The world can be overwhelming, so it’s tempting to try to make it smaller, more controllable. It’s the same with the world of localization. It’s overwhelming, so much content, so many languages. You would like to make it smaller, more manageable. I don’t want to make this a political debate, but I think we, localization professionals, know best that we cannot establish borders and keep them closed. The world is one. And in fact, if you think about it: our work is all about helping the world (and our customers) communicate better. Isn’t it great to work in a profession with such a noble ideology?
But how do we go about it? Who and what are the game changers? What is going to make our work in localization more manageable and controllable in 2016. Remember the TAUS think tank article of January 2013? We depicted the evolution of the translation industry down in five decades. (See picture.) We are now entering the Convergence Era.
In the Convergence Era translation is so embedded, it’s becoming almost invisible. Translation is on every screen, in every app: it’s everywhere. The vast majority of translated words is machine-generated, not even with human aid, and delivered real-time to the end-user. In fact most translation is ordered by the end-user, and not by the publisher or the owner of the content. In this user-driven environment it’s hard to determine or restrict the language coverage.
People (citizens, consumers) are all connected, and they are also connecting with billions of devices and soon with ‘things’. Translation shifts gears. It is changing from a luxury service, exclusive for global corporations, into a commodity service for 7 billion users who consider translation - most of the time - ‘free’.
It’s overwhelming. It’s tempting to try to hold on to the old ways of doing translation and localization, when everything was not so dynamic and always in flux. (See the picture above) But if you do, you know that you would be left behind and that opportunities will be lost. So we have to ask ourselves: how do we manage this change? How do we make sure that our limited budgets generate maximum impact for our companies?
One thing I want to make clear right away is that it’s not a question of using machine translation or not. It’s not that simple. We see it happening all the time. The pressure to translate more for less, and the omnipresence of ‘translate’ buttons on web pages, drives translation buyers and LSPs to use machine translation, coȗte que coȗte. They try it out and try really hard, and then often abandon it after a year.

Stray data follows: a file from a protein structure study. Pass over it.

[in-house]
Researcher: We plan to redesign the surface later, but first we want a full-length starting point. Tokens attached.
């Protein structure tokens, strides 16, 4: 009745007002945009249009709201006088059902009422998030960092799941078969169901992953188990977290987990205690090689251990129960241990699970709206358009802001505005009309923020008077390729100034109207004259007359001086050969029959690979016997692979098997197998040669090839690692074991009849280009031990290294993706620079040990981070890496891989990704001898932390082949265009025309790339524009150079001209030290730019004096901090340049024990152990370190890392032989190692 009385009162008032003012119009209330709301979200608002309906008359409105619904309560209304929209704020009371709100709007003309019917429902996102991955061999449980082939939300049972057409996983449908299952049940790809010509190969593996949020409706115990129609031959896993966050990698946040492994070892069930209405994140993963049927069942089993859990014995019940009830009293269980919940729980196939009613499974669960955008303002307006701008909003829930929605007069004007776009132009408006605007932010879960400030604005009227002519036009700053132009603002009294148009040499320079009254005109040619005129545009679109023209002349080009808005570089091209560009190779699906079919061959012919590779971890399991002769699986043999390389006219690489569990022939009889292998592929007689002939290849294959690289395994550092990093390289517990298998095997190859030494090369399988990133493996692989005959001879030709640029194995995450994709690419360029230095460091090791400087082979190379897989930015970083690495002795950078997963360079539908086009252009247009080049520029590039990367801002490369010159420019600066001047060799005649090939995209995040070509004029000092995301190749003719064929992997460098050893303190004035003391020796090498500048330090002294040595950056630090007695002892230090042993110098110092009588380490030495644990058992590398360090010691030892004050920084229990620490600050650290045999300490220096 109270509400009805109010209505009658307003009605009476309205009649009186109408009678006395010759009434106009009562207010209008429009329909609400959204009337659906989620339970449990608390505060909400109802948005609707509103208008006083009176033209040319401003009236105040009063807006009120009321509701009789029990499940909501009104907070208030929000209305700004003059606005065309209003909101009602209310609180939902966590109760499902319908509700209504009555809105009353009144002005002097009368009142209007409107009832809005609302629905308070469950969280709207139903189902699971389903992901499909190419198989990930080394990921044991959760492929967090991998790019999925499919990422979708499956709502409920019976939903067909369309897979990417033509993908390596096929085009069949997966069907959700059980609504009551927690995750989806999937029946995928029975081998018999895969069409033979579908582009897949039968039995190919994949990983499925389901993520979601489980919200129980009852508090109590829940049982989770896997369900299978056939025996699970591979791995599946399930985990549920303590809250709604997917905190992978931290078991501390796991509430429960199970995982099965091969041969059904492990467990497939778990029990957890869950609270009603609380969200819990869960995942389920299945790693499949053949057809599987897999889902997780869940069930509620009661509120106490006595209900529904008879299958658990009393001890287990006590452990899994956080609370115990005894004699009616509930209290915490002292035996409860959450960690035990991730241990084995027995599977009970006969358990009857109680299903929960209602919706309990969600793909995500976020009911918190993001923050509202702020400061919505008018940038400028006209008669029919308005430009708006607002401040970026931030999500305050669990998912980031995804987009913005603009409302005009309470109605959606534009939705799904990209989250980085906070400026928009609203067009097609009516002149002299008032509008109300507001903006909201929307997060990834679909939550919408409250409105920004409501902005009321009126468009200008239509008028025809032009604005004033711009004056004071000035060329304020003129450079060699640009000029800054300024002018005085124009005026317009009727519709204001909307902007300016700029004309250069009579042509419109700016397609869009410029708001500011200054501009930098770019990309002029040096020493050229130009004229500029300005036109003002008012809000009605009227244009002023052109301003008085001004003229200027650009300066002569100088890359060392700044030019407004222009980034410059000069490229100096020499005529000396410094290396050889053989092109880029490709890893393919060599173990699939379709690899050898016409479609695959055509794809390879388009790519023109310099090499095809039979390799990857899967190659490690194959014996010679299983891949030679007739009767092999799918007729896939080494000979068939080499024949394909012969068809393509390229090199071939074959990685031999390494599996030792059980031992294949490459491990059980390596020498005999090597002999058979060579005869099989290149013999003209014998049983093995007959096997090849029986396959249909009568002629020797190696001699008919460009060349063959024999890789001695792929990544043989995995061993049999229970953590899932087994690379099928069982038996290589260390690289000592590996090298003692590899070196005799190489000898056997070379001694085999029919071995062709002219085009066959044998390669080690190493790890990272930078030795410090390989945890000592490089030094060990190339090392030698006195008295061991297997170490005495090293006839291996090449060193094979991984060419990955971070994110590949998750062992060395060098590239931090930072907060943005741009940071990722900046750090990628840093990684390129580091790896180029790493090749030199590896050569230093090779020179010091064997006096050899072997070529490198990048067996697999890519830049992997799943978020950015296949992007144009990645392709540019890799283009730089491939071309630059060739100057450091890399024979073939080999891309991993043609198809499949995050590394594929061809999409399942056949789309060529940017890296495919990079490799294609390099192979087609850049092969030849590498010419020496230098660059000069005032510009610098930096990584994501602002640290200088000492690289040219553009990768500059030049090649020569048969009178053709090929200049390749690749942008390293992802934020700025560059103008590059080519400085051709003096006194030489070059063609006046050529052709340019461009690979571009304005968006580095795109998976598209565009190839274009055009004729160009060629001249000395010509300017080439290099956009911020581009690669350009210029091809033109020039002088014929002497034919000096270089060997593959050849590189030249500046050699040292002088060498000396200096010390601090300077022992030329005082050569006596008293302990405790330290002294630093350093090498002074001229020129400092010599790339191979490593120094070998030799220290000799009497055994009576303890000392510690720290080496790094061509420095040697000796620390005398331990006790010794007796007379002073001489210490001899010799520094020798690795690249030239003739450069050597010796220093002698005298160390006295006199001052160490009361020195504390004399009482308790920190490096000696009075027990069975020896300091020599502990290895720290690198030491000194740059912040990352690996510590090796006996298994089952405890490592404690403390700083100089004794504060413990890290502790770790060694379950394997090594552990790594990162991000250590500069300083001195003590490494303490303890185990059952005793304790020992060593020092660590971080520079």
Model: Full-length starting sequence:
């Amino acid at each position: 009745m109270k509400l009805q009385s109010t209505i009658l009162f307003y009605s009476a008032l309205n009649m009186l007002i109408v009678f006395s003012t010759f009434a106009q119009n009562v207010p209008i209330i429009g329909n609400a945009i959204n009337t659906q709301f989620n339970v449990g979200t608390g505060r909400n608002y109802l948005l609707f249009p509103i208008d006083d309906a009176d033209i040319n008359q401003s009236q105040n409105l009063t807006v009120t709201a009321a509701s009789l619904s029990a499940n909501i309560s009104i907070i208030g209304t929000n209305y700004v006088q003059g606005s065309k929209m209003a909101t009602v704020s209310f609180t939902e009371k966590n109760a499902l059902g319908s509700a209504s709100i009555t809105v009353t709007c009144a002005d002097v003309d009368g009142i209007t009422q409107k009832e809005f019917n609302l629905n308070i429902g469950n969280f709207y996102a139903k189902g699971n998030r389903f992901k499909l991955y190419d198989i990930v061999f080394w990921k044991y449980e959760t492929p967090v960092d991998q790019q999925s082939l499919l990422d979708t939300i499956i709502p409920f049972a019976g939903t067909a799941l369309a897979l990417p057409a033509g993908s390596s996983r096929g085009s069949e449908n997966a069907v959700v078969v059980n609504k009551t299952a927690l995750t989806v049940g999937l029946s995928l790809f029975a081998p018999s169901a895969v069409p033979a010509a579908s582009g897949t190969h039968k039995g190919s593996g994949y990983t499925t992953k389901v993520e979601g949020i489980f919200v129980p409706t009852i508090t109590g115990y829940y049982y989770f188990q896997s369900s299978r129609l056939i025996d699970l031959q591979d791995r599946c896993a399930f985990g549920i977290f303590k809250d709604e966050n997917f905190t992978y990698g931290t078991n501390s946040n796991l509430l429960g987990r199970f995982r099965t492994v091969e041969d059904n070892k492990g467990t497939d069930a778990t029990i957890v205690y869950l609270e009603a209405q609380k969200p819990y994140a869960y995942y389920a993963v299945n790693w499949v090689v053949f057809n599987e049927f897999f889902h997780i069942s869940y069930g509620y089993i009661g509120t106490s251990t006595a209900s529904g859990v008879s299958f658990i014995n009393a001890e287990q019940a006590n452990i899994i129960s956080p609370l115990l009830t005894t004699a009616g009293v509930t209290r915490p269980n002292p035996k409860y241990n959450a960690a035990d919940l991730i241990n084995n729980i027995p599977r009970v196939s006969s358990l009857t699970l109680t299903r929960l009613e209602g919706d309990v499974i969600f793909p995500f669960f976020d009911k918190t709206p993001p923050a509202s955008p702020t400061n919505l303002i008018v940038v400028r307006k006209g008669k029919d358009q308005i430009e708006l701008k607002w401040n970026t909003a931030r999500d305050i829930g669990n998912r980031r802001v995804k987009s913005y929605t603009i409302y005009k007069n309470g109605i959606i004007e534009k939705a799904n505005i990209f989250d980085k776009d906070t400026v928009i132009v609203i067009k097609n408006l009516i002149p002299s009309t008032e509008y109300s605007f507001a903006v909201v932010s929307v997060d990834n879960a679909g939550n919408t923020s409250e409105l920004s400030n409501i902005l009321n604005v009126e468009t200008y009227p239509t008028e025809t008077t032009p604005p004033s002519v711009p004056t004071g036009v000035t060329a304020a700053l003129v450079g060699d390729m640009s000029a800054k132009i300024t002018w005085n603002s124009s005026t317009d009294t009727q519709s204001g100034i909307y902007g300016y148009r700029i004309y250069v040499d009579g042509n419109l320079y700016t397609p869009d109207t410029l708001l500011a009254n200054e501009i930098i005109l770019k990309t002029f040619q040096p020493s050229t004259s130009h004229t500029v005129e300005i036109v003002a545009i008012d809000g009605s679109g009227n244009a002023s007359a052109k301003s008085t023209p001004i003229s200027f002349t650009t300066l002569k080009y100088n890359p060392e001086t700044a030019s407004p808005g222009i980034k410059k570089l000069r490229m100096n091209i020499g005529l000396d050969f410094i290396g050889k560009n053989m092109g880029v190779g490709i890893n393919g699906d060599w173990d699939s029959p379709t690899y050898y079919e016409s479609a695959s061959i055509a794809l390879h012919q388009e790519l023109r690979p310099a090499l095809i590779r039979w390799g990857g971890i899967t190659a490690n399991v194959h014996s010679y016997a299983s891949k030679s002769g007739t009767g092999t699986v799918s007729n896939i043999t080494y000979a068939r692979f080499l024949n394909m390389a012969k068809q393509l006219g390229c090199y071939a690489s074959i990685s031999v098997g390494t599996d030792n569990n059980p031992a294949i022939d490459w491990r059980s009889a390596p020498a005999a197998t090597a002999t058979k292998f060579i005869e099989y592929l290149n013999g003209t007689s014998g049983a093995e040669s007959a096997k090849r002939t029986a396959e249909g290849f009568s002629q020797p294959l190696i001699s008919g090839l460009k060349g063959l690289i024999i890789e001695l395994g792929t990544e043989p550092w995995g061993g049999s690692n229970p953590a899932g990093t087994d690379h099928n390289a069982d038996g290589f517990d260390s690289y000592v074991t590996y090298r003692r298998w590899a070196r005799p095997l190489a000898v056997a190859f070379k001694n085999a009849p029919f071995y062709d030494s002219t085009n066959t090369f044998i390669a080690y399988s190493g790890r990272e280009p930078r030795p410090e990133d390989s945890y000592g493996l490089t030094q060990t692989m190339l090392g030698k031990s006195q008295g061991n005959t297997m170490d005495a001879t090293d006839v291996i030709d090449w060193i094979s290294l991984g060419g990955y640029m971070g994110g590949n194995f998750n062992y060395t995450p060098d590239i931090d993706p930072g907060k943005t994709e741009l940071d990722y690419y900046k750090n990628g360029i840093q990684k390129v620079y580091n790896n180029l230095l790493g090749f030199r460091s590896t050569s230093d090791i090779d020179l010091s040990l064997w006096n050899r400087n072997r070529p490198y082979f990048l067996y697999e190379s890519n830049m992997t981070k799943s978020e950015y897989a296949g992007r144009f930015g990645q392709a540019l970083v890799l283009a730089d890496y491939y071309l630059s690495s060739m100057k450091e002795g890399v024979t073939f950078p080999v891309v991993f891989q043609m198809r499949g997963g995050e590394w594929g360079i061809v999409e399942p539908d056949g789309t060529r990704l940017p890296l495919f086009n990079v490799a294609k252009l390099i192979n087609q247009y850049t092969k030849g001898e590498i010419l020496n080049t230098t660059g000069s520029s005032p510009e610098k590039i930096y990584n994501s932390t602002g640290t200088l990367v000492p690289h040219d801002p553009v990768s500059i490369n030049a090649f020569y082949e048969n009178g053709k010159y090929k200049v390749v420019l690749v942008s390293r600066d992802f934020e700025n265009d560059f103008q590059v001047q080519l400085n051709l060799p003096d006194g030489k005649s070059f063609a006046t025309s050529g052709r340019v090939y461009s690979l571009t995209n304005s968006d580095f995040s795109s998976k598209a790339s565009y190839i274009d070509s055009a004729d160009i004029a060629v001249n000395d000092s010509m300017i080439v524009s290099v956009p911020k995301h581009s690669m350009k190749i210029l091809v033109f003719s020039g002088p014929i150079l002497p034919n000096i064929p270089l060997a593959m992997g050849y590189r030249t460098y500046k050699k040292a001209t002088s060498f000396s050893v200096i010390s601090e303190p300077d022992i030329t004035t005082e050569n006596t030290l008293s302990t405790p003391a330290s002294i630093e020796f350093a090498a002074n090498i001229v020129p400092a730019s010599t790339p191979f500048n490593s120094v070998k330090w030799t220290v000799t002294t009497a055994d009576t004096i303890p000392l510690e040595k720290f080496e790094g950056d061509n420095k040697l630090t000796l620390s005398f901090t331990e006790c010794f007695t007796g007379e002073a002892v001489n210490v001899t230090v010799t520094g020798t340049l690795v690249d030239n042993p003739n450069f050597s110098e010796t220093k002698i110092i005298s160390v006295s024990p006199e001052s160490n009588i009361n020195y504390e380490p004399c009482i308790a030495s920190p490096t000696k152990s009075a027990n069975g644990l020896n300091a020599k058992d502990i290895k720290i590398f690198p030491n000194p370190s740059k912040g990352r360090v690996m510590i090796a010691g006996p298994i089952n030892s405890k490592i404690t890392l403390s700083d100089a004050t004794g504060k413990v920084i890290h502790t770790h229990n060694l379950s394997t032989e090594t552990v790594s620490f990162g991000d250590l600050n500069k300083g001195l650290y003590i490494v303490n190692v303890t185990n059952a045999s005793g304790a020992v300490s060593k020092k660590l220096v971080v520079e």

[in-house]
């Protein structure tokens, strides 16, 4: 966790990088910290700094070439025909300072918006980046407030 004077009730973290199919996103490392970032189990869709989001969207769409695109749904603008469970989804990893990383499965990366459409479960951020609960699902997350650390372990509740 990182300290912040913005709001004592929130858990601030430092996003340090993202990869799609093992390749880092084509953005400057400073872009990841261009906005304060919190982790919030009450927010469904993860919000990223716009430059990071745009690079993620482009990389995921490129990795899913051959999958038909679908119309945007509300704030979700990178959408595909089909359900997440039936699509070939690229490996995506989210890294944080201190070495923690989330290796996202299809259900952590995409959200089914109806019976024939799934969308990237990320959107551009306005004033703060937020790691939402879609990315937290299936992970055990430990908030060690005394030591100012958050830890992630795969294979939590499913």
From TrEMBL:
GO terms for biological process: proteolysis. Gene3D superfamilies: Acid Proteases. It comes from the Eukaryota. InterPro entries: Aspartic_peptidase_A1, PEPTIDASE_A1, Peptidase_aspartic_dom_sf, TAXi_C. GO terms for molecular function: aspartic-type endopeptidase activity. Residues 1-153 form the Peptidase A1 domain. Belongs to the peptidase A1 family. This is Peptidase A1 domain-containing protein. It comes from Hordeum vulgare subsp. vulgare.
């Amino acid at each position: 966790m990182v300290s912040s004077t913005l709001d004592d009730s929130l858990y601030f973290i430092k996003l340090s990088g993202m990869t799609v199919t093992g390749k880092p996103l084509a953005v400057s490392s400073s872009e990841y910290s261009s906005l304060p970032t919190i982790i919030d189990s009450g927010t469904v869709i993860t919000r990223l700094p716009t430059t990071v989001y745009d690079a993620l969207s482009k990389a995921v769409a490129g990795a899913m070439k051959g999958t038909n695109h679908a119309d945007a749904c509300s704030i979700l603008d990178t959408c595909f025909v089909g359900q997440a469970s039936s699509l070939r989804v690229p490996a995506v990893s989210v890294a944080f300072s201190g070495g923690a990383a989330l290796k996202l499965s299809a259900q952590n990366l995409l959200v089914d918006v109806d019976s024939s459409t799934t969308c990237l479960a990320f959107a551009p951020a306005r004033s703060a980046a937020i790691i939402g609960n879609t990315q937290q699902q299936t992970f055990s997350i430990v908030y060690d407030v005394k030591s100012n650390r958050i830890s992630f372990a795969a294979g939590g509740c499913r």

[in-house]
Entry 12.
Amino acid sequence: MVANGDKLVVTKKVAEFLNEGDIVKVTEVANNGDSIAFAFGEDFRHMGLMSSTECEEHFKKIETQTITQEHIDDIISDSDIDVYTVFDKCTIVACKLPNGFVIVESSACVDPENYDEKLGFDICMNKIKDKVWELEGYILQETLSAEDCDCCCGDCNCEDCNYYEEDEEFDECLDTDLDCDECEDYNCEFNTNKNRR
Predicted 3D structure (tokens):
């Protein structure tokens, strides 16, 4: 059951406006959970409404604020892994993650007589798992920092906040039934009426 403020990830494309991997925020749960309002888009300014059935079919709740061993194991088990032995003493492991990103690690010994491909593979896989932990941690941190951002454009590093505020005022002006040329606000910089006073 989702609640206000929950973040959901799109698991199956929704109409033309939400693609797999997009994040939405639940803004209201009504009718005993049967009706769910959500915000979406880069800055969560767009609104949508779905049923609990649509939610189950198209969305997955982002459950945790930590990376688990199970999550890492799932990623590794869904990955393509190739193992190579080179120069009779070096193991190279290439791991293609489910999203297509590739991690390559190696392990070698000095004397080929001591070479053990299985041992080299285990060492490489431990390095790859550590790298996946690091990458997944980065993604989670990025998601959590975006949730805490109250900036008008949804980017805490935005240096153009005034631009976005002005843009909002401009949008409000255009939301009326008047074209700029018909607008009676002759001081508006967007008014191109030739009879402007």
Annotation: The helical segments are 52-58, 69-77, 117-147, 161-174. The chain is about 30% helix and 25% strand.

If there is one thing we have learned in the past year, and in particular at the recent TAUS Annual Conference in Silicon Valley, it is that we need a new mindset. We need to be mission-driven and data-driven. If you want to watch out for the game changers in localization in 2016, or if you want to be one yourself, here is what you have to look for.
Francis Tsang of LinkedIn said it, and James Douglas of Microsoft said it too, and then many quoted them at and after the TAUS Annual Conference: “It’s not about translation, it’s about the user experience”. What they meant is that we, localization professionals, tend to put ourselves in the centre of everything. Our own standards and measurements dictate what we deliver and how we do it. We do things the way we learned them at school and the way we have been doing it for a long time, without asking ourselves whether it is effective.
The game changer focuses on the user and his or her experience. The game changer realizes that in some cases a straightforward translation simply does not work, and that local content creation will be the only way to win the hearts of the users in a new market. In other scenarios a good enough translation may be just the right thing to do. The game changers will build solutions that support dynamic solutions. They realize that “it’s not just about the technology”. They imagine a convergence of apps, tools, technologies and services that empower the best possible multi-way communications with end-users and all actors in the process.
The game changers see it as their mission to empower enterprises to become truly global communicators, not limited to localizing a product, but expanding into the social media, support, knowledge management, the chat and the search. Game changers are innovators. They are thinking out-of-the-box. They are forward looking and outward looking.